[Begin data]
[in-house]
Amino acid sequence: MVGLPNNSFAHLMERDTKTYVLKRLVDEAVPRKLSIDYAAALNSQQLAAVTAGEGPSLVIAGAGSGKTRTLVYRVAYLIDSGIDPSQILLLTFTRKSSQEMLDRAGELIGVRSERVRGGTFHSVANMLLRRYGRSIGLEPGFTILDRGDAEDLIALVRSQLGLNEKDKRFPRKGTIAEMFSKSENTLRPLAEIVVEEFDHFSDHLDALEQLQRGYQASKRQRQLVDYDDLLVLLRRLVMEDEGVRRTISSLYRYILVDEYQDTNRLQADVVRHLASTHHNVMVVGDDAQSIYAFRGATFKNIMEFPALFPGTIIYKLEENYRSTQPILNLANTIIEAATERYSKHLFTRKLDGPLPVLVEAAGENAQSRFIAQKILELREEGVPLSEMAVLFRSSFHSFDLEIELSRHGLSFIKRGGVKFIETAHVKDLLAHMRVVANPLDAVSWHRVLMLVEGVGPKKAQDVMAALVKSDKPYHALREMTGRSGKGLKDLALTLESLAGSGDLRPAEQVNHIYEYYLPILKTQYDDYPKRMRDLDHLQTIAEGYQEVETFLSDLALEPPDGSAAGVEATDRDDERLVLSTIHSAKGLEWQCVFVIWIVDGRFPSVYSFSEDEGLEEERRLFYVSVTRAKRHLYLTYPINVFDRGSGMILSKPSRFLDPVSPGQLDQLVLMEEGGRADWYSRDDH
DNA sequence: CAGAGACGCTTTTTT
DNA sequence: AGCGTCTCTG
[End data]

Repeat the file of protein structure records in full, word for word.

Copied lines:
[in-house]
Amino acid sequence: MVGLPNNSFAHLMERDTKTYVLKRLVDEAVPRKLSIDYAAALNSQQLAAVTAGEGPSLVIAGAGSGKTRTLVYRVAYLIDSGIDPSQILLLTFTRKSSQEMLDRAGELIGVRSERVRGGTFHSVANMLLRRYGRSIGLEPGFTILDRGDAEDLIALVRSQLGLNEKDKRFPRKGTIAEMFSKSENTLRPLAEIVVEEFDHFSDHLDALEQLQRGYQASKRQRQLVDYDDLLVLLRRLVMEDEGVRRTISSLYRYILVDEYQDTNRLQADVVRHLASTHHNVMVVGDDAQSIYAFRGATFKNIMEFPALFPGTIIYKLEENYRSTQPILNLANTIIEAATERYSKHLFTRKLDGPLPVLVEAAGENAQSRFIAQKILELREEGVPLSEMAVLFRSSFHSFDLEIELSRHGLSFIKRGGVKFIETAHVKDLLAHMRVVANPLDAVSWHRVLMLVEGVGPKKAQDVMAALVKSDKPYHALREMTGRSGKGLKDLALTLESLAGSGDLRPAEQVNHIYEYYLPILKTQYDDYPKRMRDLDHLQTIAEGYQEVETFLSDLALEPPDGSAAGVEATDRDDERLVLSTIHSAKGLEWQCVFVIWIVDGRFPSVYSFSEDEGLEEERRLFYVSVTRAKRHLYLTYPINVFDRGSGMILSKPSRFLDPVSPGQLDQLVLMEEGGRADWYSRDDH
DNA sequence: CAGAGACGCTTTTTT
DNA sequence: AGCGTCTCTG